West Virginia used to be a blue state, but in recent years it has flipped to be Republican-leaning. But the state has always been socially conservative. In fact, what we’re seeing in West Virginia is described by many political scientists as one of the final states to switch from a predominantly blue, socially conservative state to a red one.
Looking back at presidential elections from the Great Depression through the 1990s, the Democratic Party has almost always swept the state. However, this began to change in the 2000s, when George W. Bush won West Virginia by 6 points. Every year since then, the Republican candidate has gained a greater victory over the Democratic one.
Slate’s Betsy Woodruff explains West Virginia’s switch:
But by 2000, tectonic changes in the state’s politics were underway. West Virginians tended to be economically liberal but socially conservative, and as social issues like abortion came to the forefront in national politics, the state started looking better for Republicans. The leftward tilt of the national Democratic Party helped matters, too.
Coal may also be another big driver of the switch from blue to red. According to a Washington Post article analyzing the state’s cut ties with the Democratic Party, many West Virginians attribute coal’s decline to President Obama’s emissions regulations:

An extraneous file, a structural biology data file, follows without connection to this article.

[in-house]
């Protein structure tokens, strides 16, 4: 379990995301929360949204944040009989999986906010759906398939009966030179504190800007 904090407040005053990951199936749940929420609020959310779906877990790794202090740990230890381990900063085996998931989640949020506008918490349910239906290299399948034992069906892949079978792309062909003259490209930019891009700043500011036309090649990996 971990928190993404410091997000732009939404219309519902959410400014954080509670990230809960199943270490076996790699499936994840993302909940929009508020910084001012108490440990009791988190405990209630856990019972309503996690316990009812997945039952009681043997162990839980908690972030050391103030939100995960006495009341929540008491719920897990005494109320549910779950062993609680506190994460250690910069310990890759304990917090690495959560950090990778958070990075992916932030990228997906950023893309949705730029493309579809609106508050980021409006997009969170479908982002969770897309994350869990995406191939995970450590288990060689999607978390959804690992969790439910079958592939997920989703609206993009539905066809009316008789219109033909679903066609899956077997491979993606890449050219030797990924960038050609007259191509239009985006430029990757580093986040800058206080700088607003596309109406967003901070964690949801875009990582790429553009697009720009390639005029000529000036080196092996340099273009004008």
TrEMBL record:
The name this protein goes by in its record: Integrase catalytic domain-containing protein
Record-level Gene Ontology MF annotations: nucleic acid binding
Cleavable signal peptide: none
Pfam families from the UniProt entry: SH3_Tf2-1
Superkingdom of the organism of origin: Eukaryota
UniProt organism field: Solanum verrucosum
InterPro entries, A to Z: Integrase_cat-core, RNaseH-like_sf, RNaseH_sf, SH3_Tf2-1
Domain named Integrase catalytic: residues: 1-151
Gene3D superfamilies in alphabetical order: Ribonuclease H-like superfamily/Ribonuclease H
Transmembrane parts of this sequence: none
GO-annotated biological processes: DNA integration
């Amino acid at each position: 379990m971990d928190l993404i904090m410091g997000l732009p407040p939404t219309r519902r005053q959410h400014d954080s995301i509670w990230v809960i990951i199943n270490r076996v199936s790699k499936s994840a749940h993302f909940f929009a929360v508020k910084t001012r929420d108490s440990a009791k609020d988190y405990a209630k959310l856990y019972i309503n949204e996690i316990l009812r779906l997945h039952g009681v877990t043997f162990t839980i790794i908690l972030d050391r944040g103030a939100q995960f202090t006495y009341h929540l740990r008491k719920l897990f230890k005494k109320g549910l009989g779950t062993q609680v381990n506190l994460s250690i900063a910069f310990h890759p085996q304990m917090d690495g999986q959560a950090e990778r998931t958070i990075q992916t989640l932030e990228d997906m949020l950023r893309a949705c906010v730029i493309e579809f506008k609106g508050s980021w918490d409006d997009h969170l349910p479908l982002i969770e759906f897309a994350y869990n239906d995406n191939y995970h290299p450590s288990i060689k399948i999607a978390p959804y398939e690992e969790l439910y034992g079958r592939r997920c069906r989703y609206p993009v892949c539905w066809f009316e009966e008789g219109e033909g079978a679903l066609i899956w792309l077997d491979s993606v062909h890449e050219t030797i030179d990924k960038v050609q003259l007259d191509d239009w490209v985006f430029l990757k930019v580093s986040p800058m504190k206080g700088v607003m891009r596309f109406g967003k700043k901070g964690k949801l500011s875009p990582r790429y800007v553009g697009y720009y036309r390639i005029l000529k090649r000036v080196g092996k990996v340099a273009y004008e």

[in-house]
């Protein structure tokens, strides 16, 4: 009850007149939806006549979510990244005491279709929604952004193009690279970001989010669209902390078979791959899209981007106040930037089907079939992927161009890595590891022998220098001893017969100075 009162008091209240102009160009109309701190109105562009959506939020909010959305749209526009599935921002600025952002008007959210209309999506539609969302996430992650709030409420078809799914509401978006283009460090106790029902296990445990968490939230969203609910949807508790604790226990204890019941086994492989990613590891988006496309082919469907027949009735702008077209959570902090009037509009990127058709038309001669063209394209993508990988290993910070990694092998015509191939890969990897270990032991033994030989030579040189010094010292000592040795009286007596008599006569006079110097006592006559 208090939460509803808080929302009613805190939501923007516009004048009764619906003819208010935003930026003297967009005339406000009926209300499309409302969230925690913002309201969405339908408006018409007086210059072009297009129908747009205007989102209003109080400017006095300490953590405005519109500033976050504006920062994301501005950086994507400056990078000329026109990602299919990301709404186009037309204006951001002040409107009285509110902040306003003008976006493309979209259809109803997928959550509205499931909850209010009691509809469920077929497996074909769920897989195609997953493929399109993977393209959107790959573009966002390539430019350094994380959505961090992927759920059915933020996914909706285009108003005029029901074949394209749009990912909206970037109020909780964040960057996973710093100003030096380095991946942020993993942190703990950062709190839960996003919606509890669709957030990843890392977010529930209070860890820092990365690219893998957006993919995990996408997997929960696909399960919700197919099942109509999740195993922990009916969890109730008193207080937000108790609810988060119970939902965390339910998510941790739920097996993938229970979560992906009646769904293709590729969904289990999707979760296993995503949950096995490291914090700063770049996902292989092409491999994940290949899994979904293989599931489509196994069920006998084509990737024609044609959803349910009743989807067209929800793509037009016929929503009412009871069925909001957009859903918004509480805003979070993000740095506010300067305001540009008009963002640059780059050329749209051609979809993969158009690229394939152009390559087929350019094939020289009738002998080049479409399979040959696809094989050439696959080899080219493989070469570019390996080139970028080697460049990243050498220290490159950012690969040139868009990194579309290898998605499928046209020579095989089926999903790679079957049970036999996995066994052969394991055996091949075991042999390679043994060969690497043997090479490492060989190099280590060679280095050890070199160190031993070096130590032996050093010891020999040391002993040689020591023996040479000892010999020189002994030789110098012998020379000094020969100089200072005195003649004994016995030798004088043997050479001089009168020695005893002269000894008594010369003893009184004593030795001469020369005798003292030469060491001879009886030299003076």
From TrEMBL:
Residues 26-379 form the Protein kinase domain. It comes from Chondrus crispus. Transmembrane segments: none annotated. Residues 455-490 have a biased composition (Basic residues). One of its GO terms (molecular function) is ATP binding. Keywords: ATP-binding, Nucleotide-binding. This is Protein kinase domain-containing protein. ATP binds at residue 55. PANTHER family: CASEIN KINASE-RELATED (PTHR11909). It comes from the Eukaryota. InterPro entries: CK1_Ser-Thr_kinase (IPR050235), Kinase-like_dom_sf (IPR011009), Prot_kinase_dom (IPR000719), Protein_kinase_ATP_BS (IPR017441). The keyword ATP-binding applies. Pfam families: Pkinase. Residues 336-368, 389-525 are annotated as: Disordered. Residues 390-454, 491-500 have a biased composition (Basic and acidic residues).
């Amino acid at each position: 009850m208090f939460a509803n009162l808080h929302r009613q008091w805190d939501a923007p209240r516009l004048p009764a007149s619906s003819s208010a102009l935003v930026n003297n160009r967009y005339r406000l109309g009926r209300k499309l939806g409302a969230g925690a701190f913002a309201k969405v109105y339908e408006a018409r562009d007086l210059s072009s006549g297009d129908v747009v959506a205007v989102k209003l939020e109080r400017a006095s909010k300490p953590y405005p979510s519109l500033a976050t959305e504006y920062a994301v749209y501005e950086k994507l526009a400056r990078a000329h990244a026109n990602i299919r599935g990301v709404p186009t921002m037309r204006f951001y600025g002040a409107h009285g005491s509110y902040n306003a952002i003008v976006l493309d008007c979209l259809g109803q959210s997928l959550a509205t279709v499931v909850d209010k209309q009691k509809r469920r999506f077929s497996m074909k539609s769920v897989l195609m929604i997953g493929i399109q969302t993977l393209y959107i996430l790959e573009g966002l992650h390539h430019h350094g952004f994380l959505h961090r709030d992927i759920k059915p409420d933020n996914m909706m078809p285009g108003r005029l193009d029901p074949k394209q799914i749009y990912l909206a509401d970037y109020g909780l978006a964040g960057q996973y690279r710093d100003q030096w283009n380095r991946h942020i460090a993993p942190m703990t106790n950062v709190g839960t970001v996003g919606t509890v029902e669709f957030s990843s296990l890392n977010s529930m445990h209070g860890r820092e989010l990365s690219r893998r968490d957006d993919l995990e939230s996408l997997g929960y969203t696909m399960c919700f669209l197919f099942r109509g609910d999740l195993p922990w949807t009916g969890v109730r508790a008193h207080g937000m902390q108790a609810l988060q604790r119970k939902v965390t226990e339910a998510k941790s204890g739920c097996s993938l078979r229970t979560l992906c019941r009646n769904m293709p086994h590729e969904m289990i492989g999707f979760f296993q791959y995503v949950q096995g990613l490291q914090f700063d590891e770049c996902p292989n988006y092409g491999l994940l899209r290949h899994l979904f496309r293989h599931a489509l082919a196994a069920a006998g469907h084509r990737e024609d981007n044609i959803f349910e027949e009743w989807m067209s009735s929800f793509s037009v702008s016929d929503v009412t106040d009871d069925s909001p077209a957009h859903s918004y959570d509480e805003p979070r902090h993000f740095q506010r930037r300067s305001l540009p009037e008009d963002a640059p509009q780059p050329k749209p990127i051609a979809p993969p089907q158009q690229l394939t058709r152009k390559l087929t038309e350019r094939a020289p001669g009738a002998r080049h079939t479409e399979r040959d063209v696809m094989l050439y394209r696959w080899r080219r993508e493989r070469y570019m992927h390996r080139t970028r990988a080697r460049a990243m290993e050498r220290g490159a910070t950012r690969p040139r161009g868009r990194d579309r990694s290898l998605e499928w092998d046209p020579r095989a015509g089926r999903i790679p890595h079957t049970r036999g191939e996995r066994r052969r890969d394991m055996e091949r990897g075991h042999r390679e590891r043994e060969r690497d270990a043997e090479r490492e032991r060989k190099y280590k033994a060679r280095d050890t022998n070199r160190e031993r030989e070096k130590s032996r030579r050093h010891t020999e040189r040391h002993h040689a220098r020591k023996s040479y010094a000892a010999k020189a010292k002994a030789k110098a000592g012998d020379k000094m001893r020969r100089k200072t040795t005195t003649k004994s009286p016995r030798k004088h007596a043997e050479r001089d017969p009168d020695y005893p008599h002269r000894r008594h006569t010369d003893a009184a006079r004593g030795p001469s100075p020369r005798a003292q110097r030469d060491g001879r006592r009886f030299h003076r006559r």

Leaders in both parties say that what has happened to politics in West Virginia begins with what has happened to coal — an industry that employs about 32,000 in the state, fewer than half the number of jobs it provided in 1976.
Although there always have been booms and busts, people “are convinced that President Obama wants to destroy the coal industry, and that’s what’s driving our politics,” said Raamie Barker, a top adviser to Democratic Gov. Earl Ray Tomblin.”
Feeding on West Virginia’s disappointment with the loss of jobs in the coal industry, Trump promised time and time again throughout his campaign to bring back coal jobs, one of the reasons he’s become so popular there.
Jim Justice’s switch is one sign of the end of the era of the conservative white Democrat, and might make the 2018 election increasingly difficult for West Virginia’s lone Democratic senator, Joe Manchin, to seek reelection. Manchin is one of 10 Democratic senators running in states that Trump won, making the battle to reclaim a majority in the Senate a difficult one.
In response, Manchin stated that he was disappointed by the decision and will not be joining him and switching to the Republican Party.
“While I do not agree with his decision, I have always said that I will work with anyone, no matter their political affiliation, to do what is best for the people of West Virginia,” Manchin said in a statement.
Manchin will run against Rep. Evan Jenkins, who also switched from Democrat to Republican to run for Congress in the state.
“I simply couldn’t be a part of a liberal agenda that was so contrary to who we are and what we believe in West Virginia,” Jenkins said about his political switch.
Nationally, this leaves Democrats with only 15 governors among the 50 states, and points to the broader theory that Democrats lack a central leader and fail to connect with rural areas.